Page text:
Friday, February 17, 2012

A Design Purge

Over the weekend of February 3 and 4, I presented a paper at an ACM conference held at Cornell College called "The Past, Present, and Future of the Book."

One of the serendipitous events was the purgation of something I hardly realized I'd been harboring. Back in 1999, possibly 2000, I bought a copy of Franz Kafka's The Blue Octavo Notebooks. I remember instantly hating it, even though the words on the pages were treasures to me. The feel of the paper, the deep sparseness of print on the pages, the very dimensions of the book: all awful. These are concerns of paper codex books in our hands and before our eyes.

At the ACM conference, I met a scholar/designer, Brad Coulter at the University of Iowa, who presented his own design work for publishing Kafka's The Trial, inspired by an unusual book from 1968 called The Trial of 6 Designers, which included 6 major designers' approaches to designing Kafka's novel for publication/consumption. A fascinating experiment all on its own.

Later in the conference we had a nice talk, and I brought up the blue notebooks, and we discovered a common disgust at their design. As a character in Kafka, but a character who makes it out of Kafka, I realize at last that the disgust was not only mine--not an alienation response, but a space for collectivity, or sorts.

Thursday, February 16, 2012


My Technology and Ecology in Literature class today worked with selections from Charles Darwin, Samuel Butler, and Richard Dawkins. They did a fantastic job exploring Darwin's metaphors and Butler's eerie proto-The Matrix. A highlight moment was talking these things through with them and then realizing we had a sort of machine consciousness, at least of the variety Butler is talking about (i.e. a governor) right there on the wall, right there inside the room, a conscious machine is calling us and it's right here inside the room with us!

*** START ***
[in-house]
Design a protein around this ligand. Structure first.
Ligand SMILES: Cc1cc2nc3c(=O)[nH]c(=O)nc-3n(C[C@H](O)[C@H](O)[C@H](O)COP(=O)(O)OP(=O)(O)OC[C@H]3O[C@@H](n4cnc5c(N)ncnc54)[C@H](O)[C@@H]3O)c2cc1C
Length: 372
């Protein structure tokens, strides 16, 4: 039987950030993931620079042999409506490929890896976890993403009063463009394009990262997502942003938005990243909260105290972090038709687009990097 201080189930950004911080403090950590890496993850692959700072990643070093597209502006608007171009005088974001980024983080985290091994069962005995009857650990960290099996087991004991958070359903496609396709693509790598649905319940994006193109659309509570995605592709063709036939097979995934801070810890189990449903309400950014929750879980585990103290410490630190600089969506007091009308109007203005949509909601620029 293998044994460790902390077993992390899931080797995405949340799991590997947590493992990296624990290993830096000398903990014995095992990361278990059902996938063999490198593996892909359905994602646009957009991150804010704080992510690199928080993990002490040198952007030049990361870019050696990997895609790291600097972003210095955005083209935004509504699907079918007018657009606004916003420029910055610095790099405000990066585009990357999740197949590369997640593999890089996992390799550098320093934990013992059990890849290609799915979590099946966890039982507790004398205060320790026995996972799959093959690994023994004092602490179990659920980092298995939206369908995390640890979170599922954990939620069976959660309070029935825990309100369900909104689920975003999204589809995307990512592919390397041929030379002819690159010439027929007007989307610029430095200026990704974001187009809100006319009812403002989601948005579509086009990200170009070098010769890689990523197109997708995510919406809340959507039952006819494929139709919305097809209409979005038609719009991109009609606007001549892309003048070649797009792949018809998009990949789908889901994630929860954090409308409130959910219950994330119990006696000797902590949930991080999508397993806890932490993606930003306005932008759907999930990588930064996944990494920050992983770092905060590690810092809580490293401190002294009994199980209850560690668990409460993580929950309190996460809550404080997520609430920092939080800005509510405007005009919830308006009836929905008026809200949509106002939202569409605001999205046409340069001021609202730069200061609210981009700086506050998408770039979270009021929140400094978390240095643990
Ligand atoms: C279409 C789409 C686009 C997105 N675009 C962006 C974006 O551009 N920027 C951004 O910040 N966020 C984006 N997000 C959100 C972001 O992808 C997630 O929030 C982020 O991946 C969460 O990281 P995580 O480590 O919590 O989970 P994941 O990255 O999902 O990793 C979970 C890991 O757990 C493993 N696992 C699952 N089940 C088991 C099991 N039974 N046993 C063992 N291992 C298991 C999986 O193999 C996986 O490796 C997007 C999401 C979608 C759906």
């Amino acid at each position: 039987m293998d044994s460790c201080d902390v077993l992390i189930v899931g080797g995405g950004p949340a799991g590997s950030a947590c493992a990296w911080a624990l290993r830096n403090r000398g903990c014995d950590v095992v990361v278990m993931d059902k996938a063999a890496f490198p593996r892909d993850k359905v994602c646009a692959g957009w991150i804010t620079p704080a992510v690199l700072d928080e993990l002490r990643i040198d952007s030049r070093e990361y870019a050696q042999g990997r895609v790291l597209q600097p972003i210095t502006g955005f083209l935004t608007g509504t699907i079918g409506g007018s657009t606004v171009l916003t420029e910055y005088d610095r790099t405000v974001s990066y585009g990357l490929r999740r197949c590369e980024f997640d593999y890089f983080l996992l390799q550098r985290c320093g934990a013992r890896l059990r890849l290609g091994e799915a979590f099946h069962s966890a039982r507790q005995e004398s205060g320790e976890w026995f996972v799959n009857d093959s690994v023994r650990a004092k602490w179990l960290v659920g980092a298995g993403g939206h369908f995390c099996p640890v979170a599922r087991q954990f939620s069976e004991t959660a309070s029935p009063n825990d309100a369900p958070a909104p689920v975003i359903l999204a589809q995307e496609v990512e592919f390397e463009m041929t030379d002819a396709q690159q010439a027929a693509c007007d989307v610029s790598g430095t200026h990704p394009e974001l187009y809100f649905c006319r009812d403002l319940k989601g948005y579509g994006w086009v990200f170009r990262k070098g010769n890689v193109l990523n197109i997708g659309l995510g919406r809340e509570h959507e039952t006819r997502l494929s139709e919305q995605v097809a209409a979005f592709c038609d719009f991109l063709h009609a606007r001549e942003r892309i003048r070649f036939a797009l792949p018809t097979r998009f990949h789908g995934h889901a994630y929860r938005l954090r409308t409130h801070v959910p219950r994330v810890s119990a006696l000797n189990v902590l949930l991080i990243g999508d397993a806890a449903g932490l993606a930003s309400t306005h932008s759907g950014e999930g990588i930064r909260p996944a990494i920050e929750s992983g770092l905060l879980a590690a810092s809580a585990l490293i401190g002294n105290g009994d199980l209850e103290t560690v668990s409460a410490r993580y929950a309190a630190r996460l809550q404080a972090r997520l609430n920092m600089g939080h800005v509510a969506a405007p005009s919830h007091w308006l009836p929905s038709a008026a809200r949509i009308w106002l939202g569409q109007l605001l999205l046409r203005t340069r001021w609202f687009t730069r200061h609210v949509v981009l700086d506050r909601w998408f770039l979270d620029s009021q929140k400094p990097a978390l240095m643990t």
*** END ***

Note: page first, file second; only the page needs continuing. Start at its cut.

Tonight, I picked up The Foundation Pit by Platonov for a little dinner-time reading, and felt compelled to post the following passage:

"Voshchev, just as before, did not feel the truth of life, but exhaustion from the heavy ground resigned him to humility--and he simply collected, on rest days, all kinds of petty and unfortunate scraps of nature, as documentary proof of the planless creation of the world, as the facts of the melancholy of each living breath."

Monday, February 13, 2012

Deconstruction, not Demolition

My good friend, Michael O'Brien sent me this link to a local story that brings together critical theory and my personal connections to Decorah, Iowa.

The story is entitled "Deconstructing 'Deconstruction'." The title hooked me--after all, I'm an English professor with a keen interest in Derrida. I've been methodically working through his The Beast and the Sovereign lecture series this academic year. Then I looked at the photo and knew the story's context. After decades in Decorah, long under the management of my grandfather and then of my uncles, Wapsie Produce has recently closed down and is now being deconstructed. Not demolished, as the article explains, because the deconstruction crews are dismantling the building carefully in order to save reusable materials.

There is a sadness for me in seeing this architectural manifestation of family history disappear, though I only had one summer of labor experience across the processes of processing capons. Yet, this glimmer of Derridean approach to this gradual event in a public forum is, at least for me, quite a eulogy.